Obama defends tax hike while claiming to be a fierce free market advocate 

On the day the administration is releasing its Economic Report of the President, President Obama, in a sitdown with Bloomberg, claims a pro-free market stance while defending raising taxes on families earning $250,000 or more.

He said his plan to repeal President George W. Bush’s tax cuts for families making more than $250,000 a year isn’t “punitive” and is a means to “deal with debt and deficits in a realistic way.”

First, if we're going to continue to refer to these as Bush's tax cuts, then let's refer to the change as Obama's tax hikes. Second, "families earning more than $250,000" include the more than 21 million sole proprietorships that file taxes as individuals. In other words, he's taking a bite out of the very thing he's claiming to want to protect. Third, apparently "dealing with debt and deficits in a realistic way" means raising taxes on job creators and then spending the money on green jobs in China and health care reform that no one seems to want.

Earlier in the article, Obama offers this:

“GM and Chrysler aren’t out of the woods yet, but there is an enormous opportunity for us to rebuild a U.S. auto industry that, absent our intervention, might not have been there, at least with those two companies,” Obama said.

The auto bailout, he said, is “a very politically unpopular decision that was made that, from my vantage point, is pro-business.”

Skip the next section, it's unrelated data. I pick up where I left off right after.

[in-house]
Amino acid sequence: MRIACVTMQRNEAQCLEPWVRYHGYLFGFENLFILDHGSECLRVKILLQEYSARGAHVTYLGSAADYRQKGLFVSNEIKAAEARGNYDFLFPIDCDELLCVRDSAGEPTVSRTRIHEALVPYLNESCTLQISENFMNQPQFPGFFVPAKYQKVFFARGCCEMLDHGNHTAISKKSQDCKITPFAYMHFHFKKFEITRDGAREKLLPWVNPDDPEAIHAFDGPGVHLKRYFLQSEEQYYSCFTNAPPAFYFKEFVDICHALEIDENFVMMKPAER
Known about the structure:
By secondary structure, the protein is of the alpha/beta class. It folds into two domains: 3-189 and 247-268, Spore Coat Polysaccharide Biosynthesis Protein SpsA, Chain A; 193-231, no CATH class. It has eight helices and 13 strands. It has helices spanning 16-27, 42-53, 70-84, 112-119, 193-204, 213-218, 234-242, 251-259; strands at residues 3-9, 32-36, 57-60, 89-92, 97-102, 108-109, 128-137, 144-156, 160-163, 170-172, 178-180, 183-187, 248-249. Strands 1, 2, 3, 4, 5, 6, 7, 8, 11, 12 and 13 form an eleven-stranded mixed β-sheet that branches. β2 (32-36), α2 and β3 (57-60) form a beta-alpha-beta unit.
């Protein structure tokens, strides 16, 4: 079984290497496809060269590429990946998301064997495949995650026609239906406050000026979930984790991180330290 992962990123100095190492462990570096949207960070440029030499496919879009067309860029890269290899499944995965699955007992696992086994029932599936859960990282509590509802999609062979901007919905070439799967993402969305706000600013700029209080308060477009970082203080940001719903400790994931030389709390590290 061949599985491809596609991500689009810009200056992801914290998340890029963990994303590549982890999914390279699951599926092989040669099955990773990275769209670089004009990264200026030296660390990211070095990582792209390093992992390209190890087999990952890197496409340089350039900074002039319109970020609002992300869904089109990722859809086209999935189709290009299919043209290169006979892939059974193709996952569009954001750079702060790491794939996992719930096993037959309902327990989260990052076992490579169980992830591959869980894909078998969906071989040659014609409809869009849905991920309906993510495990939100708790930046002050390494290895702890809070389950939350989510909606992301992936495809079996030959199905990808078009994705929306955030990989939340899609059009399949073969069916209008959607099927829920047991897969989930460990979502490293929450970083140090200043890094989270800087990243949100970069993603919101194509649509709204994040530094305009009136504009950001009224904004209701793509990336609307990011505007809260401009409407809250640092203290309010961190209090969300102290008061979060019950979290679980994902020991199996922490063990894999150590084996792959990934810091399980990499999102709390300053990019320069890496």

Well, it's definitely pro-these-particular-businesses, so he hit that one out of the park. But the fact that Ford is posting higher profits than government-backed GM and Chrysler should be sign enough that the auto bailout wasn't necessary to save the American auto industry.

This leads to a strange conclusion: Obama's idea of being pro-business means he plays favorites. Sure, he'll hike taxes for small businesses, but when big business comes knocking, as GM or Chrysler can attest, he's all ears. But they're not the only beneficiaries:

As Obama defended himself against charges he is isolated from business, a number of CEOs sat outside in the West Wing lobby: General Electric Co.’s Jeffrey Immelt and Honeywell International Inc.’s David Cote were among those waiting for a meeting with White House Chief of Staff Rahm Emanuel and energy coordinator Carol Browner to discuss climate-change policy.

General Electric and Honeywell discussing climate-change policy? Perhaps they're going to discuss cap and trade, which will make them a bundle but will put out smaller businesses unable to afford the new regulations.

Welcome to Obama's free market -- free for those on his good list.

About The Author

J.P. Freire

J.P. Freire is the associate editor of commentary. Previously he was the managing editor of the American Spectator. Freire was named journalist of the year for 2009 by the Conservative Political Action Conference (CPAC). You can follow him on Twitter here. Besides the Spectator, Freire's work has appeared in... more
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